If having to know how to fight and deflect flying chairs in order to serve people their late-night omelettes doesn't convince you that Waffle House employees deserve $25 per hour, consider that Waffle House employees are paid far below minimum wage — like employees at most American restaurants are. 


With rates like $2.13 an hour being common because tips are meant to make up the shortfall, the system is flawed, as any restaurant worker will tell you. 

But even Waffle House employees who aren't relying on tips are paid unfairly. One striking Waffle House employee reported being paid just $16 per hour after 24 years at the company, despite surviving robberies and being held at gunpoint.



That would all be bad enough, but Waffle House workers have also reported astonishingly long hours due to the widespread staffing shortages the restaurant industry is still grappling with after the pandemic, as well as shocking company policies like mandatory shift meals being deducted from employees' paychecks whether they eat them or not.




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Adjusted for inflation and productivity growth, the federal minimum wage would be nearly $22 an hour. Instead, it has steadily declined since 1968.

In 1968, the government made a change to the federal minimum wage that has ended up, all these years later, being a perfect illustration of everything wrong with America's economy and its approach to the workforce. Instead of tying the minimum wage to both inflation and economic productivity, the government eliminated the latter from the equation.

As the table below from the Economic Policy Institute shows, this has resulted in a minimum wage that, when adjusted for inflation, has gone down by more than $2 per hour since 1968. Put another way, the value of an hour's minimum wage work has never reached its 1968 peak.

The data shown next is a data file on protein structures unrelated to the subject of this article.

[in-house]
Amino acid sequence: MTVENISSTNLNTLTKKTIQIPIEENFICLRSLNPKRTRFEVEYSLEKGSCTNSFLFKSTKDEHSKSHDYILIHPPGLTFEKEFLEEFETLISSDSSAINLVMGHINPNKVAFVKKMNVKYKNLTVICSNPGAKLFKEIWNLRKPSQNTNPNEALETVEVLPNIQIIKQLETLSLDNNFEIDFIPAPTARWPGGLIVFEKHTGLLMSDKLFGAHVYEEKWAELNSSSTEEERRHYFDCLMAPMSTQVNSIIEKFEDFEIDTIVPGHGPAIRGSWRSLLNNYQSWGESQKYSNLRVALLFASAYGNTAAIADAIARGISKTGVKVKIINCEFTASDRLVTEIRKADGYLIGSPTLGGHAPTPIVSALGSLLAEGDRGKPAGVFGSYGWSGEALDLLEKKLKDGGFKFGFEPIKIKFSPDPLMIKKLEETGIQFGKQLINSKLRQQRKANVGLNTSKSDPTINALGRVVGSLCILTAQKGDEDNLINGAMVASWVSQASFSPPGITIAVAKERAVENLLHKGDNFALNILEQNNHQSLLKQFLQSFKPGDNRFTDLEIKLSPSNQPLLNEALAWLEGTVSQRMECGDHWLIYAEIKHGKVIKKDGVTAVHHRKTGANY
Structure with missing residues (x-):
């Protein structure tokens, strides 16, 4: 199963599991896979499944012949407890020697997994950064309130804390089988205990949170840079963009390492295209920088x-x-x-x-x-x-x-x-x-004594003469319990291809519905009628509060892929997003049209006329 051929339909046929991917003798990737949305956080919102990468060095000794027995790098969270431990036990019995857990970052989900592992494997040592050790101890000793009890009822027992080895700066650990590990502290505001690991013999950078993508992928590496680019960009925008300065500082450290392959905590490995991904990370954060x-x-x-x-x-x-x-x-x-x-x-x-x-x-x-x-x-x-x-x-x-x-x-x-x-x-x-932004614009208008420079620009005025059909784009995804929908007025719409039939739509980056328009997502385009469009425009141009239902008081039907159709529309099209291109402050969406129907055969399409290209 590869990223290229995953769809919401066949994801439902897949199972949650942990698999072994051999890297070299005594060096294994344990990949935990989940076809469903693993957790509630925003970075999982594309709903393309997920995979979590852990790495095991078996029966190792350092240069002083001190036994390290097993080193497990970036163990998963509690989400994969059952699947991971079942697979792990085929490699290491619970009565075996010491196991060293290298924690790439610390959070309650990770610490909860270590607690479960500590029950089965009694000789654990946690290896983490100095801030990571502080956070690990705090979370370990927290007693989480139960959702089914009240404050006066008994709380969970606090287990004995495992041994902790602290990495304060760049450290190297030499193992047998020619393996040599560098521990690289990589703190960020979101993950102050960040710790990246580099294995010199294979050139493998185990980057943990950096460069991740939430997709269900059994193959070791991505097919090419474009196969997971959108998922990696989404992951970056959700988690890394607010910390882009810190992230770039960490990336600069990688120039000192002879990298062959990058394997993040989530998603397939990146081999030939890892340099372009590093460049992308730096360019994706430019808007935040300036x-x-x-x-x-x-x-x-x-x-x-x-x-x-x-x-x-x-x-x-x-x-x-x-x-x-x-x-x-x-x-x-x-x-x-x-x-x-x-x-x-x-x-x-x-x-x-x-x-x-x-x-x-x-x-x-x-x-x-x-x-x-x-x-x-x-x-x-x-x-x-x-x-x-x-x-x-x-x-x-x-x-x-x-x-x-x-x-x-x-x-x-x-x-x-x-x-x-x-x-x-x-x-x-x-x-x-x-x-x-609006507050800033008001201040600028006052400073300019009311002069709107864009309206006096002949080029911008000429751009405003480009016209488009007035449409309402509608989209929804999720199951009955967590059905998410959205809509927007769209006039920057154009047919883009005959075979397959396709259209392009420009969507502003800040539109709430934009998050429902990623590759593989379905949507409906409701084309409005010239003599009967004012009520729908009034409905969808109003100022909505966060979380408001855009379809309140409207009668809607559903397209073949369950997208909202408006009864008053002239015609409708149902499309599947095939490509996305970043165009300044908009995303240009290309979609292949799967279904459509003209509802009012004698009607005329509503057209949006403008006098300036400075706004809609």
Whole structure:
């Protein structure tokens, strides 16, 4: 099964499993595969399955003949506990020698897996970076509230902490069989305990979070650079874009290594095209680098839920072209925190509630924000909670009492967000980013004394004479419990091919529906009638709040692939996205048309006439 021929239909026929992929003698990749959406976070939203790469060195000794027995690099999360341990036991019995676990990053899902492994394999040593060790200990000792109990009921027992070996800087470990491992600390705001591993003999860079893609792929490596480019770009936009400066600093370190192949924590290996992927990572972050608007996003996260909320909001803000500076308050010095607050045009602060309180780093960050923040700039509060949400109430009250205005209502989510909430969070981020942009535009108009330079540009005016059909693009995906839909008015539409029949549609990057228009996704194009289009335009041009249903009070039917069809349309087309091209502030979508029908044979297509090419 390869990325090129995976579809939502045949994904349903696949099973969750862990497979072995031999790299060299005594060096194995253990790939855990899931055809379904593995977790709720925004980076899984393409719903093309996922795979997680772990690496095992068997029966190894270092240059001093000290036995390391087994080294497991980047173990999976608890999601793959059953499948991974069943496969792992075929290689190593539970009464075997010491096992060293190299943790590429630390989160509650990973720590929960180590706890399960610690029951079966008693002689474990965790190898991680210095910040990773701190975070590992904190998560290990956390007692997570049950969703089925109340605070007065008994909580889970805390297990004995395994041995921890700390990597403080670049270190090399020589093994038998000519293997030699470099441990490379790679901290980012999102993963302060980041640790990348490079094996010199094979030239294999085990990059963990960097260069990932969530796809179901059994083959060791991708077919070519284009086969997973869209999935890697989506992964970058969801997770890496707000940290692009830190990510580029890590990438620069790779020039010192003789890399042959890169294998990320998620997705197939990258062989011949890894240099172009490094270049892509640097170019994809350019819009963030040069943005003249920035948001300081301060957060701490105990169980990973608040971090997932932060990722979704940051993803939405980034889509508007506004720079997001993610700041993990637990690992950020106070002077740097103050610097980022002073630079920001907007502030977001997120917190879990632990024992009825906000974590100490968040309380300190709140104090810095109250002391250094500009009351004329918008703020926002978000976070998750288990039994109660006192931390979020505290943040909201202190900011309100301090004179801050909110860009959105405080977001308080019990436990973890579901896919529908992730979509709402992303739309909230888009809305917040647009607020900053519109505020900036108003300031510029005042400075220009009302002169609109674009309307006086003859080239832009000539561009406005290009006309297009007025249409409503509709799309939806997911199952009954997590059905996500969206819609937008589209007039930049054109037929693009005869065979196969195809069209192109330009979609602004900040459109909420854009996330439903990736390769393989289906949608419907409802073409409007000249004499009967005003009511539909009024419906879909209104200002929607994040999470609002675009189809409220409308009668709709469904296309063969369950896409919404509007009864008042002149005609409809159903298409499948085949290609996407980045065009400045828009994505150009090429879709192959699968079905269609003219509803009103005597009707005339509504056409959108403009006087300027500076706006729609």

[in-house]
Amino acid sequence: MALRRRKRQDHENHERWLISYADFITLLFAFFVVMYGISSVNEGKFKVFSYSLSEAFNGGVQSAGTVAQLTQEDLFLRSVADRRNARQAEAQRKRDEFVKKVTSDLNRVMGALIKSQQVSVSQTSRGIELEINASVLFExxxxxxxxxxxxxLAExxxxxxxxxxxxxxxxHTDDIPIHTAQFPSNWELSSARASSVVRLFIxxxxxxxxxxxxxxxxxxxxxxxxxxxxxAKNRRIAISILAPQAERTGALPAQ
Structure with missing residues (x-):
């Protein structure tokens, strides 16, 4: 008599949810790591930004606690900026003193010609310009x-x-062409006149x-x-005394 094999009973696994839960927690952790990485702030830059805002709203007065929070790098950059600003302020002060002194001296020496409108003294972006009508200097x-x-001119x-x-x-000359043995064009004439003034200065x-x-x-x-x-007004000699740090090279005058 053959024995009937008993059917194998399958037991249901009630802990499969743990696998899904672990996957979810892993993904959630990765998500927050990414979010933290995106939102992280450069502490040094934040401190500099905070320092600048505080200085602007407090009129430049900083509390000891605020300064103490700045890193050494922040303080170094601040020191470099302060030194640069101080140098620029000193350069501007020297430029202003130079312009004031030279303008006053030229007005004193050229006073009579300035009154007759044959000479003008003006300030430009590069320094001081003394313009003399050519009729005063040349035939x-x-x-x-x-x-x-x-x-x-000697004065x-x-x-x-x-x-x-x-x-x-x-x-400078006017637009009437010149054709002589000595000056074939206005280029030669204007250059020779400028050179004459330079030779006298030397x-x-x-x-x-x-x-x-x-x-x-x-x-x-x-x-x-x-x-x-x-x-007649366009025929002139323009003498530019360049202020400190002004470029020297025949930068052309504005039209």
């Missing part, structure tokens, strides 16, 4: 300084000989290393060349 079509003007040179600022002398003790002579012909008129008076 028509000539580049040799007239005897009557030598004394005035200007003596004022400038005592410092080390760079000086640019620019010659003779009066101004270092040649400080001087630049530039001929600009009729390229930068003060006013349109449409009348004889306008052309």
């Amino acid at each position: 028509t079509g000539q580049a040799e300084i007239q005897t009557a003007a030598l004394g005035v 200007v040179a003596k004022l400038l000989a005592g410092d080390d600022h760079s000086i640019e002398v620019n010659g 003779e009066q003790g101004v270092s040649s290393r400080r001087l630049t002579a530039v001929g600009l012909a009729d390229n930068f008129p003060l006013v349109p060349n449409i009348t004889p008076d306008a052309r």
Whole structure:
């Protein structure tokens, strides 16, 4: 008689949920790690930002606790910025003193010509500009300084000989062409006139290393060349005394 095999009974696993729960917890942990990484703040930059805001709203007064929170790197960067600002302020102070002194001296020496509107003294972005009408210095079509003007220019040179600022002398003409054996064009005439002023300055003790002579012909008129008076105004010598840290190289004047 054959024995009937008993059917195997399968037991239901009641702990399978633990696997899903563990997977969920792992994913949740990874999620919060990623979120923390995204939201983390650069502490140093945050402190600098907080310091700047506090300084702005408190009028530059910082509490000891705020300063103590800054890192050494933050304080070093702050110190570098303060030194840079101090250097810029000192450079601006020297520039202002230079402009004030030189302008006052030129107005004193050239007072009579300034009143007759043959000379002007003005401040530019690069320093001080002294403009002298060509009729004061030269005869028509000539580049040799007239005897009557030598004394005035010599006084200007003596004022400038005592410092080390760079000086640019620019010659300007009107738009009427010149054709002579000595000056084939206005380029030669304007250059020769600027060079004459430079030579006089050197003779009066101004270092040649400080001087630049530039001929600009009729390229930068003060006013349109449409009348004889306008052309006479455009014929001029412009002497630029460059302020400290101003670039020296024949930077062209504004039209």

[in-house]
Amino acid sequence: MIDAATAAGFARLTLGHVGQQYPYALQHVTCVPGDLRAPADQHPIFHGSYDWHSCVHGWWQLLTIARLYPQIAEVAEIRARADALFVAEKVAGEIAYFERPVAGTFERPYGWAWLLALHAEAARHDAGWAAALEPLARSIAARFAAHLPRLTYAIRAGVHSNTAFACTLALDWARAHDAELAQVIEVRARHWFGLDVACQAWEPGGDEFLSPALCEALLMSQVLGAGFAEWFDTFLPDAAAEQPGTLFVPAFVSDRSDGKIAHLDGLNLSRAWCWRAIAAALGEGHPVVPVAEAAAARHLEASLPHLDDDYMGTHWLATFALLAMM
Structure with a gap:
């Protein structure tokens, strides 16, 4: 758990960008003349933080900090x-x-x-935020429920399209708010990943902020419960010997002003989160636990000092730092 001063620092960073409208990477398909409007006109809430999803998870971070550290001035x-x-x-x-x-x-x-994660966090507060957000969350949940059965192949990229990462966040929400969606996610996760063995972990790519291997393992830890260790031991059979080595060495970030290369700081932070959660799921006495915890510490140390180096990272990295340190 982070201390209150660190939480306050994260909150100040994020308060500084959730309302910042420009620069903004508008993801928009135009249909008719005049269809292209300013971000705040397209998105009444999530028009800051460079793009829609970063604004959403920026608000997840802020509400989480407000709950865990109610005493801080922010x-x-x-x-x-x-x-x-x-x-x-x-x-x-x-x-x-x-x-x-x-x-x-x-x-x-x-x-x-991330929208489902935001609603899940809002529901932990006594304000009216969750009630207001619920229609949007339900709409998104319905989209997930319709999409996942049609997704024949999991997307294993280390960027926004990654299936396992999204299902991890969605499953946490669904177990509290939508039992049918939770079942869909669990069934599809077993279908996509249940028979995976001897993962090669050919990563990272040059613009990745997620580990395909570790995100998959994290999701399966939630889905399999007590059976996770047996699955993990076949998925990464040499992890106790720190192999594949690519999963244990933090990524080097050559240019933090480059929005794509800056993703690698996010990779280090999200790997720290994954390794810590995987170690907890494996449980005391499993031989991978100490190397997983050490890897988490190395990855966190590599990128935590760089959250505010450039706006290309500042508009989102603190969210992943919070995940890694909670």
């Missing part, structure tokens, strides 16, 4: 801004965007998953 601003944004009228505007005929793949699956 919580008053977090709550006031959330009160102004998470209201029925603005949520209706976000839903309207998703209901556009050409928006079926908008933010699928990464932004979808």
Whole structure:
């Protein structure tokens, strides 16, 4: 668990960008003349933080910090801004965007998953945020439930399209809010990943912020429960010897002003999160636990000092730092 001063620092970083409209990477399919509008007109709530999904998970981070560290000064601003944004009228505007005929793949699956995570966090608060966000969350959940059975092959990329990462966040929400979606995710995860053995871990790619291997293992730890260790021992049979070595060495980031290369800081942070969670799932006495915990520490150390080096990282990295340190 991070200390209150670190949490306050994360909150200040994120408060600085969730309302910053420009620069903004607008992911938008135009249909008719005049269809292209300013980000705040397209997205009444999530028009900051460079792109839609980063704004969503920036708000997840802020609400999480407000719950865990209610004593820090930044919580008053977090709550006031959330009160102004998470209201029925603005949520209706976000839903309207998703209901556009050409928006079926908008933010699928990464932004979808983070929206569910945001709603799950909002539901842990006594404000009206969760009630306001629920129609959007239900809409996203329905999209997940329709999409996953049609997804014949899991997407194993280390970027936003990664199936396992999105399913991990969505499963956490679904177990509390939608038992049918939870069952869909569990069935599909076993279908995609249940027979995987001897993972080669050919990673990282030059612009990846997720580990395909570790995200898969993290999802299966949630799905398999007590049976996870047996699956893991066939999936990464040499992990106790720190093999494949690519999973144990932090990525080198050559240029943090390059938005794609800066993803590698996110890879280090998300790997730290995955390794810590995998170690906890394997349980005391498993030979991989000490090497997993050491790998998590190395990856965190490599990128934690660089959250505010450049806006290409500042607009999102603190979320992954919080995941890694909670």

table showing minimum wagePhoto: Economic Policy Institute

That is absurd and indefensible on its face, before even factoring in the shocking inflation we have seen since 2020 — which has been proven to be in part due to the corporate avarice of so-called "greedflation" rather than simple economic forces.


tweet about how waffle house workers deserve $25 per hourPhoto: @Sir_Fahrenheit / X

What's more, according to the Center for Economic Policy and Research, if the government had not made the changes it made in 1968, minimum wage would now be $21.50 per hour — not all that far off from the $25 per hour Waffle House employees are demanding.

Given this perspective, it's hard not to feel like the people furious at Waffle House employees for demanding $25 an hour aren't projecting.


tweet about why waffle house workers deserve $25 per hourPhoto: @stealthygeek / X

As many on X (aka Twitter) have pointed out, you should be directing that ire at the elected representatives and economic advisors who have created this mess and have continued reifying it year after year so that minimum wage workers are now making less than they made in 1968, for God's sake — and you should also be demanding better from your own employers.

Or, failing that, you could always direct your aggravations at Waffle House's Chairman Joe Rogers, because all those mandatory employee meal reductions and $2.13 an hour pay rates have certainly paid off. In 2021, while his employees were dodging thrown chairs, he became a billionaire


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John Sundholm is a news and entertainment writer who covers pop culture, social justice and human interest topics.